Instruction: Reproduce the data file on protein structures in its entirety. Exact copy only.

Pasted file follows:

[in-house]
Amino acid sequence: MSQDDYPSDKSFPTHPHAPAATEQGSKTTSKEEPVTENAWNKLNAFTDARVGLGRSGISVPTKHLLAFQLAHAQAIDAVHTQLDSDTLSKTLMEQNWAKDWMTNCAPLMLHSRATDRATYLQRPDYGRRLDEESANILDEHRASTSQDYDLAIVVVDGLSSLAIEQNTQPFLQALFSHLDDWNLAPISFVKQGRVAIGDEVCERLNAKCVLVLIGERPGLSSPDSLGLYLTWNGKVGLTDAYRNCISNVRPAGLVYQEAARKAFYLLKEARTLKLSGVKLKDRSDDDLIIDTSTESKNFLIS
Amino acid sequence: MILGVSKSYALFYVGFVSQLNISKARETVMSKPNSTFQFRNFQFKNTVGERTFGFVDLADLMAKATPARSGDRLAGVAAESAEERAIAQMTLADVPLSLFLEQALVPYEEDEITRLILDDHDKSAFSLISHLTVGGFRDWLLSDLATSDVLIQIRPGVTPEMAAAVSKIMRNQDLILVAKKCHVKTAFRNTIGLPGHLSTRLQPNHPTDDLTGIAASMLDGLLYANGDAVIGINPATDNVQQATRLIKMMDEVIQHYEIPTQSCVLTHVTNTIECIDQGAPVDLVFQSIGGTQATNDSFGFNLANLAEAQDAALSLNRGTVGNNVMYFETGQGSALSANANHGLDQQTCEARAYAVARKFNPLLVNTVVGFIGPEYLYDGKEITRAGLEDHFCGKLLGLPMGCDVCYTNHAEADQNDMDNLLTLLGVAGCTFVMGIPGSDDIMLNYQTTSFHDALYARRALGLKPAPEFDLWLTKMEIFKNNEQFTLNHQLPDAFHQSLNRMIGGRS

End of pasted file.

[in-house]
Amino acid sequence: MSQDDYPSDKSFPTHPHAPAATEQGSKTTSKEEPVTENAWNKLNAFTDARVGLGRSGISVPTKHLLAFQLAHAQAIDAVHTQLDSDTLSKTLMEQNWAKDWMTNCAPLMLHSRATDRATYLQRPDYGRRLDEESANILDEHRASTSQDYDLAIVVVDGLSSLAIEQNTQPFLQALFSHLDDWNLAPISFVKQGRVAIGDEVCERLNAKCVLVLIGERPGLSSPDSLGLYLTWNGKVGLTDAYRNCISNVRPAGLVYQEAARKAFYLLKEARTLKLSGVKLKDRSDDDLIIDTSTESKNFLIS
Amino acid sequence: MILGVSKSYALFYVGFVSQLNISKARETVMSKPNSTFQFRNFQFKNTVGERTFGFVDLADLMAKATPARSGDRLAGVAAESAEERAIAQMTLADVPLSLFLEQALVPYEEDEITRLILDDHDKSAFSLISHLTVGGFRDWLLSDLATSDVLIQIRPGVTPEMAAAVSKIMRNQDLILVAKKCHVKTAFRNTIGLPGHLSTRLQPNHPTDDLTGIAASMLDGLLYANGDAVIGINPATDNVQQATRLIKMMDEVIQHYEIPTQSCVLTHVTNTIECIDQGAPVDLVFQSIGGTQATNDSFGFNLANLAEAQDAALSLNRGTVGNNVMYFETGQGSALSANANHGLDQQTCEARAYAVARKFNPLLVNTVVGFIGPEYLYDGKEITRAGLEDHFCGKLLGLPMGCDVCYTNHAEADQNDMDNLLTLLGVAGCTFVMGIPGSDDIMLNYQTTSFHDALYARRALGLKPAPEFDLWLTKMEIFKNNEQFTLNHQLPDAFHQSLNRMIGGRS